Raymond van Barneveld, who beat him twice at the Grand Slam, is a potential third-round opponent while his other chief threats in this section – Ryan Searle, James Wade and Danny Noppert – have all won titles this season.
Although Noppert broke his major duck by landing the UK Open back in March and will be a popular second favourite in this first quarter, I feel Searle is actually the best value call at 10/1.
The Somerset thrower loves this stage having reached the fourth round in three of his last four appearances – including the 2021 and 2022 editions – and comes to the Ally Pally in great shape having produced a string of high-quality displays at the Players Championship Finals.
He averaged around 100 in his opening two wins before he was denied by Dirk van Duijvenbode 10-9 in an absolute classic that could so easily have gone the other way despite the Dutchman's 112 average.
Searle reached three Pro Tour finals in the first few months of 2022, winning one of them, and although he hasn't repeated the feat since and endured a rough run of form in September and October, his performance levels have picked up again and his seasonal average of 96.07 is second only to Price's 97.44 in this section of the draw. For context, Noppert's is 95.44, de Sousa is 94.75 and Wade is 93.53.
Unless Price finds his bulletproof aura again, Searle can take the next big step in his blossoming career – 12 months after Peter Wright branded him the 'future of darts'.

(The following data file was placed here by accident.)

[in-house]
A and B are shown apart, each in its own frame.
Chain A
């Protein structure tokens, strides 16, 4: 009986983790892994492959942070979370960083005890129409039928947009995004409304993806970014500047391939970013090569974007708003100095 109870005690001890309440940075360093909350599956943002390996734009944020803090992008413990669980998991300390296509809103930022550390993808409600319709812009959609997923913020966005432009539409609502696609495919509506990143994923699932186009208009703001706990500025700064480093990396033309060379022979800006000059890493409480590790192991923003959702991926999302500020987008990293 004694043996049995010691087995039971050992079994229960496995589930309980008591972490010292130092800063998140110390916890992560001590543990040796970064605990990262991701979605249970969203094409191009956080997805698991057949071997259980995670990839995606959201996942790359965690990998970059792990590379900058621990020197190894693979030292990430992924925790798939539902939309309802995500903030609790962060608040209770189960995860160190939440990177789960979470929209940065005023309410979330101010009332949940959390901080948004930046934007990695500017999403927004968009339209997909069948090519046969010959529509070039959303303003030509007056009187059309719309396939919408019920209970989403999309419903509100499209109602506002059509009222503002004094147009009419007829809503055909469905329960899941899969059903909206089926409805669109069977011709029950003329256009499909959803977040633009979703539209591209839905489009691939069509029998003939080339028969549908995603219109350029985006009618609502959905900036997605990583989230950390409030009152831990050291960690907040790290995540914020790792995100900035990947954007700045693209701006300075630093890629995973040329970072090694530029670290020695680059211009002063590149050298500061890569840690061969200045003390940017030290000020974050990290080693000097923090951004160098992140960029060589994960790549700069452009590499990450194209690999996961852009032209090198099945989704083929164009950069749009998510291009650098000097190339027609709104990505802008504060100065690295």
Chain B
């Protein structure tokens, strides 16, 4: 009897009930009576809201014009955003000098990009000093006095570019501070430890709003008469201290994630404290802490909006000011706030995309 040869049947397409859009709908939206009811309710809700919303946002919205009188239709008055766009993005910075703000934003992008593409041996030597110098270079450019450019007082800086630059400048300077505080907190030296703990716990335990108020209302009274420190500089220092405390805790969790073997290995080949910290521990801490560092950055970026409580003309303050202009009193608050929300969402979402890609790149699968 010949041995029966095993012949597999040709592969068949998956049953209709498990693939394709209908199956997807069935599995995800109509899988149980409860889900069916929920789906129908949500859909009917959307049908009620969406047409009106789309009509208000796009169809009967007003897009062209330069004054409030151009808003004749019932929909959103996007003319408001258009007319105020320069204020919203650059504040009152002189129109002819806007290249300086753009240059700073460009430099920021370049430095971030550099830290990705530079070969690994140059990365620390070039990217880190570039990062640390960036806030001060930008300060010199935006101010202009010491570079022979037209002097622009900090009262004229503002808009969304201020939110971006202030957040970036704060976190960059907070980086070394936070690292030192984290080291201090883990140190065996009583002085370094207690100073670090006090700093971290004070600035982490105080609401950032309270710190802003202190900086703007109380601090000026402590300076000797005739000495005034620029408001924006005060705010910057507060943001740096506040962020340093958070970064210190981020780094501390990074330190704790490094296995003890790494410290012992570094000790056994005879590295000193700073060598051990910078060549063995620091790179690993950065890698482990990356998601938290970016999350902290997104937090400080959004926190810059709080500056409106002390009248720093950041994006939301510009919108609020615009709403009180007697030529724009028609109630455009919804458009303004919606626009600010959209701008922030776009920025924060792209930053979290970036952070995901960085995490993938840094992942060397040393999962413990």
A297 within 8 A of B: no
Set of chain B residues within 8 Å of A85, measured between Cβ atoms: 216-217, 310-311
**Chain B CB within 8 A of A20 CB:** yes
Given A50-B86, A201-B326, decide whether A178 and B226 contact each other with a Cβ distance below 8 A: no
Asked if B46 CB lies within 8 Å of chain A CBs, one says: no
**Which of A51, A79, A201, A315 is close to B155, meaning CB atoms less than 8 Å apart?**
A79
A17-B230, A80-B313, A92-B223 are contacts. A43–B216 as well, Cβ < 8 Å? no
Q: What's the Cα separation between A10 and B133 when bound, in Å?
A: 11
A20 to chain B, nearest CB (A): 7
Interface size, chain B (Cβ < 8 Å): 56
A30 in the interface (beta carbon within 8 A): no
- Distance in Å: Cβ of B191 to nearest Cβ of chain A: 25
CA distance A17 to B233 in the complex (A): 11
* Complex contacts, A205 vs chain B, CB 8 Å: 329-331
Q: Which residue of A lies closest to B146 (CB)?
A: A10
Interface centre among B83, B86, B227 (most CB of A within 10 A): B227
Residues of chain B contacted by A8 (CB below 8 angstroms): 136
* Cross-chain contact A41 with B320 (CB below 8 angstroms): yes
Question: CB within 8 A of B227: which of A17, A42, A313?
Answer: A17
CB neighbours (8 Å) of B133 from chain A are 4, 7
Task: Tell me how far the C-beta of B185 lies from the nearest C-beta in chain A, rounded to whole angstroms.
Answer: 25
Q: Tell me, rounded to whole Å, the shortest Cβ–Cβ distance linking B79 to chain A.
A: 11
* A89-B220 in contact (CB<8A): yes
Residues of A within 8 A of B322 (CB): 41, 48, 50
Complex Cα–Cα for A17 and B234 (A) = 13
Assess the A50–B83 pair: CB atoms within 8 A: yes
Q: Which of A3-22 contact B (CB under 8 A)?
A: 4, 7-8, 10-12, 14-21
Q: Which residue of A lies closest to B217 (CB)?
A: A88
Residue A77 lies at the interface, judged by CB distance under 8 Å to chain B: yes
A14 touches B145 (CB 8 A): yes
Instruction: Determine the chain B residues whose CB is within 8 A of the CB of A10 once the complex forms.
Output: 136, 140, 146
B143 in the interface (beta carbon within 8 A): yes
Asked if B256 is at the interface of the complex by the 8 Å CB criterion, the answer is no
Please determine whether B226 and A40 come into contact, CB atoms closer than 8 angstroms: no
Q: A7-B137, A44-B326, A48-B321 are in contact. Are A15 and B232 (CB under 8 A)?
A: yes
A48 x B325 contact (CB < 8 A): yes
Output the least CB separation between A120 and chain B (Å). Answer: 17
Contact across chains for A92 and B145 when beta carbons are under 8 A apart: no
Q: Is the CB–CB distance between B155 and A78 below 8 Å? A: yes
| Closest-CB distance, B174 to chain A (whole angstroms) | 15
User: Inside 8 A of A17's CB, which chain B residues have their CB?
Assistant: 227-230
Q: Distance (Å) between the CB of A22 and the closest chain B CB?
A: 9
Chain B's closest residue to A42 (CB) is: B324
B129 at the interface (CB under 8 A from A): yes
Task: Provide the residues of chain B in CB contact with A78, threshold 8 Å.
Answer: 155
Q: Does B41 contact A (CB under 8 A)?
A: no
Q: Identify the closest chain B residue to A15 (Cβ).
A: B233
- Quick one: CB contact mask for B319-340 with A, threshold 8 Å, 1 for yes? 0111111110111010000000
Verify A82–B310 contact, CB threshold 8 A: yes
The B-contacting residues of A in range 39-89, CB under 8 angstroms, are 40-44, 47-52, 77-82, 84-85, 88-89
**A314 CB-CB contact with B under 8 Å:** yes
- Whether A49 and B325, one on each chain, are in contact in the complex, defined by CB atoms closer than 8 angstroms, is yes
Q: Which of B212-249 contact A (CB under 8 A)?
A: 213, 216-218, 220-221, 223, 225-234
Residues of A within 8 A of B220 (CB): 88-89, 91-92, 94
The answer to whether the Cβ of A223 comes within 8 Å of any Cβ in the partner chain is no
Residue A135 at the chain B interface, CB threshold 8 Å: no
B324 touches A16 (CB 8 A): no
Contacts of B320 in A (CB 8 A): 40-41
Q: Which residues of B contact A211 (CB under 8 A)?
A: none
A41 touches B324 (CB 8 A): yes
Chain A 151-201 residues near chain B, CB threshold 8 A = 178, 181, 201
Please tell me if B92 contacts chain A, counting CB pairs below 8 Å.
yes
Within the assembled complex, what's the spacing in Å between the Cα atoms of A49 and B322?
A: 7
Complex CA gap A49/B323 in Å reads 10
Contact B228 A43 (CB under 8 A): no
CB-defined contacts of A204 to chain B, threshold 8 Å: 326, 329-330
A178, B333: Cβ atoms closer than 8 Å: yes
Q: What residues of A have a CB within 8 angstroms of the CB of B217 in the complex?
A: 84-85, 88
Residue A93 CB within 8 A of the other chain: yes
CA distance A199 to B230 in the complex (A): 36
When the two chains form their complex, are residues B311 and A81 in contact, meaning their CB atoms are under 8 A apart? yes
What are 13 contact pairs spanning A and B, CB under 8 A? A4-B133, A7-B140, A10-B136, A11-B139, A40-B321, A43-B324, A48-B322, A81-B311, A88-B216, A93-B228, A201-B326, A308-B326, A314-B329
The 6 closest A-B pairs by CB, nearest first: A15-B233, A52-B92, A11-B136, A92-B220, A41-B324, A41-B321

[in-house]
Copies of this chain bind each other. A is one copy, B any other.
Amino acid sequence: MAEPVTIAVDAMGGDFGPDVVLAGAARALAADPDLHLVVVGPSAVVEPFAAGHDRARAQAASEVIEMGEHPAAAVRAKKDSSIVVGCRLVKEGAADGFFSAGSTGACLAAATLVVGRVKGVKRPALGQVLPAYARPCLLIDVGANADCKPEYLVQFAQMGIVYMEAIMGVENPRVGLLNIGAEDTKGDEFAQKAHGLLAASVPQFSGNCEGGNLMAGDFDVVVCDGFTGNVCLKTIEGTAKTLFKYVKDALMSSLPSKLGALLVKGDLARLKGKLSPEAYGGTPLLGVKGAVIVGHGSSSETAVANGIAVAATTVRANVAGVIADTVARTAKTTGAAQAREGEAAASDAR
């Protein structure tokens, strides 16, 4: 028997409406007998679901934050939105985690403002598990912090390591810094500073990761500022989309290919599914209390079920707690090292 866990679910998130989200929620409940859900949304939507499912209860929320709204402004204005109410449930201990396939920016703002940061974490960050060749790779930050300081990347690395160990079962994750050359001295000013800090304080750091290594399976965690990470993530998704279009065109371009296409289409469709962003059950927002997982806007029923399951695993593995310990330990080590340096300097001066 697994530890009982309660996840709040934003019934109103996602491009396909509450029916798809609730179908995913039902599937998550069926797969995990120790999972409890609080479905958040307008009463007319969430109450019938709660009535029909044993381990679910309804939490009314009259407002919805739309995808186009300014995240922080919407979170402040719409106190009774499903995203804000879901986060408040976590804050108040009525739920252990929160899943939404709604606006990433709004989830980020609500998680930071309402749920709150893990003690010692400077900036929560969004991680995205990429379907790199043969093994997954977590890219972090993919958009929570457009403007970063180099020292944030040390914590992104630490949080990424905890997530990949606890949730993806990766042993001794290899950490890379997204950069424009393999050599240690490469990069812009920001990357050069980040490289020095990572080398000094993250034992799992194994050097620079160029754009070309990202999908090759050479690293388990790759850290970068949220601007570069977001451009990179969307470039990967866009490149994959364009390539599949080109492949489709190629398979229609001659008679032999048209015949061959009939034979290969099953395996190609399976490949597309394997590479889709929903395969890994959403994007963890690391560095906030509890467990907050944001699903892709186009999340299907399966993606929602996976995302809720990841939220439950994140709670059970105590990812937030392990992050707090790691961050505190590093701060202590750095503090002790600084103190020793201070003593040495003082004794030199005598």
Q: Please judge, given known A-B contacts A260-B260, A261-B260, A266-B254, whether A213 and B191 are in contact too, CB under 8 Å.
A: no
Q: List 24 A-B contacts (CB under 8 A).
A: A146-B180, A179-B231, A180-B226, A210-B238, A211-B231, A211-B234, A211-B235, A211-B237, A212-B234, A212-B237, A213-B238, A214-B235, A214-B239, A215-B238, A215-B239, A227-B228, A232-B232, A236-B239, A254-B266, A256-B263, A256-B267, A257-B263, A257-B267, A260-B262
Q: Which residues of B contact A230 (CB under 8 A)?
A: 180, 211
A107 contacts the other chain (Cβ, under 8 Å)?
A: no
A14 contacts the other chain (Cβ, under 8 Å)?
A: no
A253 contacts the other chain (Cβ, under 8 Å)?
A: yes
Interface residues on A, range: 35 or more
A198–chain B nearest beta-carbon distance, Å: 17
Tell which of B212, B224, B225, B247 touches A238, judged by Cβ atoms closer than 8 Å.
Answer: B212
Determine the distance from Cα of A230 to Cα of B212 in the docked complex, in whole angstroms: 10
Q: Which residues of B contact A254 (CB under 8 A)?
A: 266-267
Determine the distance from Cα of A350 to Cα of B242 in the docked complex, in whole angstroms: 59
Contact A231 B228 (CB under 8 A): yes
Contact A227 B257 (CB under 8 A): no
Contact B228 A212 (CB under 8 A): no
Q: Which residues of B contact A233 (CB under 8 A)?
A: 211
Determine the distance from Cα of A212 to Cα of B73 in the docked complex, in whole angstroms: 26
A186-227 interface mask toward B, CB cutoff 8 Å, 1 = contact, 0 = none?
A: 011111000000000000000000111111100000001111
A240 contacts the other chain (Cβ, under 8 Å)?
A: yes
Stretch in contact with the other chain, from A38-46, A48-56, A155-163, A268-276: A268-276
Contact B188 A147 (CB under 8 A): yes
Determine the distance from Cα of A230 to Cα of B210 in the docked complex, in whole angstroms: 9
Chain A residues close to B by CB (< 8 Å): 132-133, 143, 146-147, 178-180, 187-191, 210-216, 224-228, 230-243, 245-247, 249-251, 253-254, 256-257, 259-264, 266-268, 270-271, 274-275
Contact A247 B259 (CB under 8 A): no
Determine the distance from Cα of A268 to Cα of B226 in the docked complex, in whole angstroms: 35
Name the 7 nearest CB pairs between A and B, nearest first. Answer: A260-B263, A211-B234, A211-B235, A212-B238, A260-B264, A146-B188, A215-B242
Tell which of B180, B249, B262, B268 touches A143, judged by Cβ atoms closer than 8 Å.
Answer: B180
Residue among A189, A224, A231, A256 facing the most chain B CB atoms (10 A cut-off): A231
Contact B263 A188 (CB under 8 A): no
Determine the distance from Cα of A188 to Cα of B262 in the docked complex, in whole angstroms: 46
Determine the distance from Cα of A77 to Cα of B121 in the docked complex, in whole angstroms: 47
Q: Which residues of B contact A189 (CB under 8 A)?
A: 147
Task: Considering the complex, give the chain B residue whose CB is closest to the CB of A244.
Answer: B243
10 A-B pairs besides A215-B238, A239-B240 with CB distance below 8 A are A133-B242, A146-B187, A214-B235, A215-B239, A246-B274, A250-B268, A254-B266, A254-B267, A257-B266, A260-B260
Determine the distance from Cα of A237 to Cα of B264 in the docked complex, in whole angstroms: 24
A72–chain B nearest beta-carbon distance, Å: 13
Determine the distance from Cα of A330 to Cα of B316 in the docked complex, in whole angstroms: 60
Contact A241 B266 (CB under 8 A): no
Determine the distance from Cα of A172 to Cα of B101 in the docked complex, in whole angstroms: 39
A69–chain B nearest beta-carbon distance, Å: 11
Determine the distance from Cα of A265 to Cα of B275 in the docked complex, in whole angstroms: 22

I can't move onto the next section without mentioning Beau Greaves and the likelihood of her emulating Fallon Sherrock and becoming the second woman to beat a man on the Ally Pally stage.
The 18-year-old sensation scooped eight consecutive Women’s Series titles between August and October thanks to a remarkable winning streak of 52 matches to seal her PDC World Championship debut, while she also averaged over 90 in 16 matches and even recorded a women’s record of 107.86 during one of her final victories over Fallon Sherrock.
Quite incredible when you think she's so young and had to battle with dartitis a few years ago, but can she beat Willie O'Connor? If she players to her A-game then she's certainly got a great chance but let's not forget she hasn't played over such a long format against a seasoned campaigner like O'Connor before.
She'll need the crowd on her side and it'll be interesting to see how the Irishman, who has averaged 92 for the season and reached a solitary European Tour final, fares at being the villain on such a big stage – a role he's never played before.
I rate her chances slightly stronger than Lisa Ashton, who is bidding for her first win at the fourth attempt on this stage against Ryan Meikle. She's lost 17 of her 18 matches in PDC majors and that's probably too much of a mental block to overcome, while Meikle has enjoyed one of his best seasons so far, and comes into this tournament with a healthy seasonal average of 92.15.
Odds to win the quarter: Smith 13/8, Humphries 9/4, Chisnall 6/1, Cullen 13/2, Heta 7/1, Schindler 33/1, Lewis 33/1, Menzies 33/1, Gilding 40/1, Bunting 50/1, Hempel 66/1, 80/1 bar
Michael Smith can finally head into a World Championship as a major winner and will be supremely confident of blowing open those floodgates with the biggest trophy of the lot.
Bully Boy ended his mental blocking run of nine major final defeats in style at last month's Grand Slam of Darts and although there was a slight hangover at the Players Championship Finals a week later, expect him to be firing on all cylinders again at the Ally Pally.